Wednesday, September 21, 2011

turning japanese?




Japan is as close to a second home for us as I can imagine. We lived in Osaka for 3 years with our five young kids. Had another short stint in the Osaka area a few years later. And another 3 years in Tokyo recently. When we lived in Takarazuka (our first stay) we were quite visible. Five very blonde children really caught the attention of the community. I don't know what was most interesting - the number of offspring I had, that they were blonde and blue-eyed, or that we are not Japanese - but we were more than a bit of a novelty for the time and place. I had great neighbors; women who were incredibly generous in helping me to learn (enough of) the ropes that I could function as an independent adult in a culture where I felt like an illiterate, deaf-mute child. (Definitely a mind-expanding experience.) They taught me to cook - wonderful traditional Japanese home-cooking, the kind of thing they made for their families at home. We still love - and love to eat - those meals. As I am always on the look-out for interesting and yummy recipes, when David was in Tokyo last month he asked for the recipe for some chicken meatballs that he had really enjoyed. His host happily obliged and David sent me the recipe by email. The "recipe" was so much fun that I decided it had to be shared.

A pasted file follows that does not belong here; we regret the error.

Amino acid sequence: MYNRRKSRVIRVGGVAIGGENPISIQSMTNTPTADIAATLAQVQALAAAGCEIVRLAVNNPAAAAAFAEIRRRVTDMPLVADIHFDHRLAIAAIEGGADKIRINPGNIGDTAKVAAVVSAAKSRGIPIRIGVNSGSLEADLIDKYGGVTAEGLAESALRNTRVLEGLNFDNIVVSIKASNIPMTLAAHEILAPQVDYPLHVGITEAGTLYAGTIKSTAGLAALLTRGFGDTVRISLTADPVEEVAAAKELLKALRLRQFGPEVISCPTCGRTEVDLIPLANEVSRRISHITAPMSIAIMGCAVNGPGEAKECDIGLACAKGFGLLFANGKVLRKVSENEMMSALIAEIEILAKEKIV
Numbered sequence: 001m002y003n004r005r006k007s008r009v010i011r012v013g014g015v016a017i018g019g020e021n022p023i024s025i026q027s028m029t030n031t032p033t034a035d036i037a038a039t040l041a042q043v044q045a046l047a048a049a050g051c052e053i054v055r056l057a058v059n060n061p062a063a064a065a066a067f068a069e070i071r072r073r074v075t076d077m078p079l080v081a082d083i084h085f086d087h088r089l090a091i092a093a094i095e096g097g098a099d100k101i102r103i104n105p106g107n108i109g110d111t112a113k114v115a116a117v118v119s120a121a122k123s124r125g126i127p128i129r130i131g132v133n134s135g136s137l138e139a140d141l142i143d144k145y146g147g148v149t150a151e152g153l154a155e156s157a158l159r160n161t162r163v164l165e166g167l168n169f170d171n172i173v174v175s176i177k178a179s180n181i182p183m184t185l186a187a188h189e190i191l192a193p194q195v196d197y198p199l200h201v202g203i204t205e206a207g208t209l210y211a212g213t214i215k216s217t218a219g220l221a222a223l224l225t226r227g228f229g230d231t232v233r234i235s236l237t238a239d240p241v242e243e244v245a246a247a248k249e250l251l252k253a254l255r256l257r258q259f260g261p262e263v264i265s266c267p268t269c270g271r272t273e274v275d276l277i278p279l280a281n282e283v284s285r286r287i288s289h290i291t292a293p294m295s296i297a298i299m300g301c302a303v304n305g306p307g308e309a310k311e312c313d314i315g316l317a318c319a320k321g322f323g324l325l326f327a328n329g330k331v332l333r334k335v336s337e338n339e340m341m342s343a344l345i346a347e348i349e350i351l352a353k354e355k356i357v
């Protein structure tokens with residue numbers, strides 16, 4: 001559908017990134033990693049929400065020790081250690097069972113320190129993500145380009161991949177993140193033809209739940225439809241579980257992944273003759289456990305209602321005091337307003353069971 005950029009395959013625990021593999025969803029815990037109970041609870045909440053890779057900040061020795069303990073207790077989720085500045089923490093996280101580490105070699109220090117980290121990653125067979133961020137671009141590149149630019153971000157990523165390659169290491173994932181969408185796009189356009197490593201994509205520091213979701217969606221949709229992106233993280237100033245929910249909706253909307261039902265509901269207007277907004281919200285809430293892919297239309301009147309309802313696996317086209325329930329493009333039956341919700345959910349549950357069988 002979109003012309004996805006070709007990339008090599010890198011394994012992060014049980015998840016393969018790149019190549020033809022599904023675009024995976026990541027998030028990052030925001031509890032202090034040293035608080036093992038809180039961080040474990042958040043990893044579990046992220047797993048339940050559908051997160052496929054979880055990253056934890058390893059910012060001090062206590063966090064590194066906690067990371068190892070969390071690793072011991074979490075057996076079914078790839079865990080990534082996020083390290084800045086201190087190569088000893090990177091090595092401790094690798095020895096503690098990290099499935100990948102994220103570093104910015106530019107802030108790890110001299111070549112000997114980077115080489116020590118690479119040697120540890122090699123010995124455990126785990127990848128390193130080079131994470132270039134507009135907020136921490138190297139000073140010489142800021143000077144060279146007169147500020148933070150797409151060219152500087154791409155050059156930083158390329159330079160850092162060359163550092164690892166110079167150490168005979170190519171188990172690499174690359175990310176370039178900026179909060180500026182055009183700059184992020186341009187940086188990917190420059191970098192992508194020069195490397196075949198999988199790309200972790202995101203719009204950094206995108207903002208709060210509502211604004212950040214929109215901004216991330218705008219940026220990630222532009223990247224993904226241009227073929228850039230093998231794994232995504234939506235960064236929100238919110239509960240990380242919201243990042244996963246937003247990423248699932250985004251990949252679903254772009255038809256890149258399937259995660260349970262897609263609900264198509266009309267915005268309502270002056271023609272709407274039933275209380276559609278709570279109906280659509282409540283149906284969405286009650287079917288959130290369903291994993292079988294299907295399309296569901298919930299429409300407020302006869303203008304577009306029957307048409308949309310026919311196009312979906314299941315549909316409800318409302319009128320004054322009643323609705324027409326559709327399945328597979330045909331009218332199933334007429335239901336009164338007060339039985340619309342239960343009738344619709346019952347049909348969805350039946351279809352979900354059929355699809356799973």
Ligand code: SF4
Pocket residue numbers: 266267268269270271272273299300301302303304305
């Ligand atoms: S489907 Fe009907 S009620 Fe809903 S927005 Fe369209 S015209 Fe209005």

Chicken  Meatball.
How to make
Chicken is minced meat.(Proper amount)
It's built up much.
Something to mix is free.
/レンコン(It's done briskly.)
or/ごぼう(Delicious.)
or/Egg(soft)
or/Ginger(Refreshing.)
or/Salt and pepper(Simple.)
As the above is put in the soup which boiled with a spoon.
It's OK in all soup.
PS:Various salt of a gift
    Please come to a stick of fresh greens and fry!
  
  Noodles are soup, minuteness can also be used.
  It's boiled and time is divided in two-, 3 minutes
    (Don't weaken soy sauce soup and please have straight.) 
Then I'm looking forward to the day when I can meet you again.
In literal translation English, I'm sorry.
♪*゜?。+*? ♪*゜?。+*? ♪*゜?。+*? ♪

Hilarious right? Or maybe you need to have some experience living in Japan. Whatever, I loved this. Makes me smile every time I read it. I doubt I will attempt it.

I do love the coasters that David brought back for me though. They are beautiful, thick, letter-pressed paper. I look at them often too. Not sure what I will do with them either but something more concrete than the recipe.

First photo is of Tsukiji Fish Market in Tokyo. It has recently been moved but it was the world's largest fish market and was totally amazing to visit.


3 comments:

Jonathon said...

That recipe is incredible...ly Japanese. I think you made the right decision to enjoy it only in it's written form. It may not translate as well to the table.

Oh! I miss Japan!

Cheri said...

Ya, me too.... Aren't we lucky to have lived there?

Eden Lang said...

oh, I think its really sweet. He put so much time and thought into sharing his recipe! really, what a nice guy!